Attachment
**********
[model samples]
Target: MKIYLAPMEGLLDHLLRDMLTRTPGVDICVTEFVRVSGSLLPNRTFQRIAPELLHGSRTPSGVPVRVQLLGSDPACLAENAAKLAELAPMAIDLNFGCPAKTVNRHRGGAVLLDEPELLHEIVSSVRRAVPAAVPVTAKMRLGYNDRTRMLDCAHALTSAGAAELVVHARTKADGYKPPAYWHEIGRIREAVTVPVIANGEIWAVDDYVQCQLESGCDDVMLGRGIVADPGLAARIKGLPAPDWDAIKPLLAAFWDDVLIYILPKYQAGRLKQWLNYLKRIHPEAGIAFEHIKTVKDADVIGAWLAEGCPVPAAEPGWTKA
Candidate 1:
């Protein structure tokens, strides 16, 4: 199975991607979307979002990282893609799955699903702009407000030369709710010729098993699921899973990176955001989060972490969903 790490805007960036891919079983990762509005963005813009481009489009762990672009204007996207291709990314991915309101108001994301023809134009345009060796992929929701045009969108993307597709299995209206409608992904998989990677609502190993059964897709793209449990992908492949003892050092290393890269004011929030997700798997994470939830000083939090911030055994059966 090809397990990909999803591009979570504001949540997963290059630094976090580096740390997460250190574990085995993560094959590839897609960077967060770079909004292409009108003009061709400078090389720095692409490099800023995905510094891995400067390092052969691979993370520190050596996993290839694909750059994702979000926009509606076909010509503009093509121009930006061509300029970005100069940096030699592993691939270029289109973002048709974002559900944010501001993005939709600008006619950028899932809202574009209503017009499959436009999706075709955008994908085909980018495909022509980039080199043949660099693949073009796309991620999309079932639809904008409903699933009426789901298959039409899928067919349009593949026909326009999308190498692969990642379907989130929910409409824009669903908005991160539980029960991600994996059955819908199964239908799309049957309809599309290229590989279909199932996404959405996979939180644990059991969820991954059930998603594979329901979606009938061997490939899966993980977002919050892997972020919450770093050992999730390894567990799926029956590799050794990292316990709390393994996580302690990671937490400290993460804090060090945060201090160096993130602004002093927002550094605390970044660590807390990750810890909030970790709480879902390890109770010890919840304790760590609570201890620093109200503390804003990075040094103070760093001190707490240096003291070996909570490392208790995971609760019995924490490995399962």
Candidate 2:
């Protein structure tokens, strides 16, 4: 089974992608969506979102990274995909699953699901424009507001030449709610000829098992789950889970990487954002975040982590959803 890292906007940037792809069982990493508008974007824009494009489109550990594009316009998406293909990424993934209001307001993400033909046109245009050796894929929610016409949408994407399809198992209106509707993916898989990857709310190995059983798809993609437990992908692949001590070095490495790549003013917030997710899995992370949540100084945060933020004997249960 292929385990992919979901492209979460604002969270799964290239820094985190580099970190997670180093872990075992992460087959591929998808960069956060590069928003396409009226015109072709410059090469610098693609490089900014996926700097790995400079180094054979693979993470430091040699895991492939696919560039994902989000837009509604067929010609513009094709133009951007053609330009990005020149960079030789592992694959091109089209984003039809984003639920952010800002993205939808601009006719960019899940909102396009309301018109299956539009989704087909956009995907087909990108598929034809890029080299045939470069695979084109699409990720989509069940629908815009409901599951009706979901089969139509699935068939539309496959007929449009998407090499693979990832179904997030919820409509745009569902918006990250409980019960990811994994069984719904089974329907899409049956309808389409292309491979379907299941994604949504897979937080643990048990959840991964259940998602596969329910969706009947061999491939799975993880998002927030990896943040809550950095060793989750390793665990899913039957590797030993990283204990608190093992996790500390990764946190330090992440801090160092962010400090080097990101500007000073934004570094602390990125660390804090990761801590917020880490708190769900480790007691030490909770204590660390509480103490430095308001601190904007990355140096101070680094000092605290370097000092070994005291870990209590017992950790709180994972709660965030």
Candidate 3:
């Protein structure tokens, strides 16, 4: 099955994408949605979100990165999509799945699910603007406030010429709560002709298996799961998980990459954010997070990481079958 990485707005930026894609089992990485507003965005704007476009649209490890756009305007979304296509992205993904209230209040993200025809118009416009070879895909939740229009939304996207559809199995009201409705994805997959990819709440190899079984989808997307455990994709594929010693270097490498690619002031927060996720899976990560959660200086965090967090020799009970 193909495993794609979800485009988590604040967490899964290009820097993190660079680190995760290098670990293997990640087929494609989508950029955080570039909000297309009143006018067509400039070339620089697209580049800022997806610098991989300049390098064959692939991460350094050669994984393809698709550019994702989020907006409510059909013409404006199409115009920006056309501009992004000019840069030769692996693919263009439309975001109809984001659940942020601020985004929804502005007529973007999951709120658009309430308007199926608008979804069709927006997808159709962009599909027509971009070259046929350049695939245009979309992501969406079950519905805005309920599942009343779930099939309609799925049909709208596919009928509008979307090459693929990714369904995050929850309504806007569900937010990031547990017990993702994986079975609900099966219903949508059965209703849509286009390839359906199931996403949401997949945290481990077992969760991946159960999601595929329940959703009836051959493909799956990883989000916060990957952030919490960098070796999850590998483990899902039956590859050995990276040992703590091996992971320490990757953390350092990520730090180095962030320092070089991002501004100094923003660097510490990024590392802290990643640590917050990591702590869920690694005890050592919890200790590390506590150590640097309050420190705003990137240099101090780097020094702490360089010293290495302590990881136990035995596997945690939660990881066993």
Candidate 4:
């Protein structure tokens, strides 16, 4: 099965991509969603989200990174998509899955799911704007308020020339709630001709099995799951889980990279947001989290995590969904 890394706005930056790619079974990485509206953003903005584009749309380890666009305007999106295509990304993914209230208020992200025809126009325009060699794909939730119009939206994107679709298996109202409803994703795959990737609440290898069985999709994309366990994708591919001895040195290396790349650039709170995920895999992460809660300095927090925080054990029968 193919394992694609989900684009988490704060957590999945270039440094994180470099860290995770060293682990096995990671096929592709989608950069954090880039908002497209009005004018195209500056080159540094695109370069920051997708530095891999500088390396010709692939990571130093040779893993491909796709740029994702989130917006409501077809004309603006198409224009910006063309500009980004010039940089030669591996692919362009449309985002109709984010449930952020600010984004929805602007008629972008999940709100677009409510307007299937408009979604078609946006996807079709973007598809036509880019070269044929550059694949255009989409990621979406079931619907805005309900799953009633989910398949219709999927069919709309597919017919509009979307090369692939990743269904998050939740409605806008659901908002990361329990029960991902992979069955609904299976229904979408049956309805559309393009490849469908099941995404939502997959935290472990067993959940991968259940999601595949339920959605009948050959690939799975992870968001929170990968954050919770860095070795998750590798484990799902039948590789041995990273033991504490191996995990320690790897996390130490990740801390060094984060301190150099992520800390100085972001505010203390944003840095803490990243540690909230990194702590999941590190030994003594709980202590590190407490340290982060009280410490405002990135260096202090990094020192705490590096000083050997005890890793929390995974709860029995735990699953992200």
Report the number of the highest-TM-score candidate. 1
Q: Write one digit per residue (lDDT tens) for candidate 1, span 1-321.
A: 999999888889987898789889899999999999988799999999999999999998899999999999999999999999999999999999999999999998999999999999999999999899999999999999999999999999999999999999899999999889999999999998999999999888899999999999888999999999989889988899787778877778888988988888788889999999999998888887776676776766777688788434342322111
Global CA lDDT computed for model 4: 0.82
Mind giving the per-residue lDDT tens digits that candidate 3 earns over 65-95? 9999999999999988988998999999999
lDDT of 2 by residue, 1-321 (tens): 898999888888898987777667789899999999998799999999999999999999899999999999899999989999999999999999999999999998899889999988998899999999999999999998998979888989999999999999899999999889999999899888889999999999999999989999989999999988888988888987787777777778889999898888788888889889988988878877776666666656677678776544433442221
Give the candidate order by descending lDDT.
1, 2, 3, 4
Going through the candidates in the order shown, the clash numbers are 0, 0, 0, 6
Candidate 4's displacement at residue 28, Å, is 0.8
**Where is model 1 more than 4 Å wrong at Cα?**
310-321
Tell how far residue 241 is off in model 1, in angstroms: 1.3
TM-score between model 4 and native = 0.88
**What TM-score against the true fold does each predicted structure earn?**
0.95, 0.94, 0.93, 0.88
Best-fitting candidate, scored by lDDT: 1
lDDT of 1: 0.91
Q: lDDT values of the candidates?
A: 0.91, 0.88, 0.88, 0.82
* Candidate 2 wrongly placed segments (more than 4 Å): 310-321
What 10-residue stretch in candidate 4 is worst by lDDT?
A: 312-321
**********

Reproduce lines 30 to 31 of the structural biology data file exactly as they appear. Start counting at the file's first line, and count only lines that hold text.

A: 0.91, 0.88, 0.88, 0.82
* Candidate 2 wrongly placed segments (more than 4 Å): 310-321